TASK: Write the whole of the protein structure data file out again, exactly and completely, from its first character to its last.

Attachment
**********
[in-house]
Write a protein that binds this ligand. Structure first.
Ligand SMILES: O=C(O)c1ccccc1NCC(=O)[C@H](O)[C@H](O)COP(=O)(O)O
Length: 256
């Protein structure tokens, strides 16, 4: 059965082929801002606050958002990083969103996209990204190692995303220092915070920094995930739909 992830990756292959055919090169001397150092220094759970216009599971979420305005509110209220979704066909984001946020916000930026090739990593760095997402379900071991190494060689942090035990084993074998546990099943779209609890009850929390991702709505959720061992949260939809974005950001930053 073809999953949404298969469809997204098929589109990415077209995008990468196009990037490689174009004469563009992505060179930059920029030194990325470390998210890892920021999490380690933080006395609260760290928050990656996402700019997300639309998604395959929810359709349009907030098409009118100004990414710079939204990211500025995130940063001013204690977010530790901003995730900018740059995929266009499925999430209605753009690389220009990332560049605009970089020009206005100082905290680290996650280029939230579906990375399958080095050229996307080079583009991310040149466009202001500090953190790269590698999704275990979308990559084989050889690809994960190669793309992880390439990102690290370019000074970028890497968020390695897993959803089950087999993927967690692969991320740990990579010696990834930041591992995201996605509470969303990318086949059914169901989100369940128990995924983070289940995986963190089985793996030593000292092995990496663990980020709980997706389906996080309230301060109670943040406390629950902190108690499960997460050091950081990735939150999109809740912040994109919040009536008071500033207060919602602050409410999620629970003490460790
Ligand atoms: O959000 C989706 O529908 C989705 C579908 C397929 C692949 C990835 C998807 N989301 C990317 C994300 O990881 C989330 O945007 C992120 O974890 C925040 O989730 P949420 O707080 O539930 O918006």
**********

[in-house]
Write a protein that binds this ligand. Structure first.
Ligand SMILES: O=C(O)c1ccccc1NCC(=O)[C@H](O)[C@H](O)COP(=O)(O)O
Length: 256
């Protein structure tokens, strides 16, 4: 059965082929801002606050958002990083969103996209990204190692995303220092915070920094995930739909 992830990756292959055919090169001397150092220094759970216009599971979420305005509110209220979704066909984001946020916000930026090739990593760095997402379900071991190494060689942090035990084993074998546990099943779209609890009850929390991702709505959720061992949260939809974005950001930053 073809999953949404298969469809997204098929589109990415077209995008990468196009990037490689174009004469563009992505060179930059920029030194990325470390998210890892920021999490380690933080006395609260760290928050990656996402700019997300639309998604395959929810359709349009907030098409009118100004990414710079939204990211500025995130940063001013204690977010530790901003995730900018740059995929266009499925999430209605753009690389220009990332560049605009970089020009206005100082905290680290996650280029939230579906990375399958080095050229996307080079583009991310040149466009202001500090953190790269590698999704275990979308990559084989050889690809994960190669793309992880390439990102690290370019000074970028890497968020390695897993959803089950087999993927967690692969991320740990990579010696990834930041591992995201996605509470969303990318086949059914169901989100369940128990995924983070289940995986963190089985793996030593000292092995990496663990980020709980997706389906996080309230301060109670943040406390629950902190108690499960997460050091950081990735939150999109809740912040994109919040009536008071500033207060919602602050409410999620629970003490460790
Ligand atoms: O959000 C989706 O529908 C989705 C579908 C397929 C692949 C990835 C998807 N989301 C990317 C994300 O990881 C989330 O945007 C992120 O974890 C925040 O989730 P949420 O707080 O539930 O918006």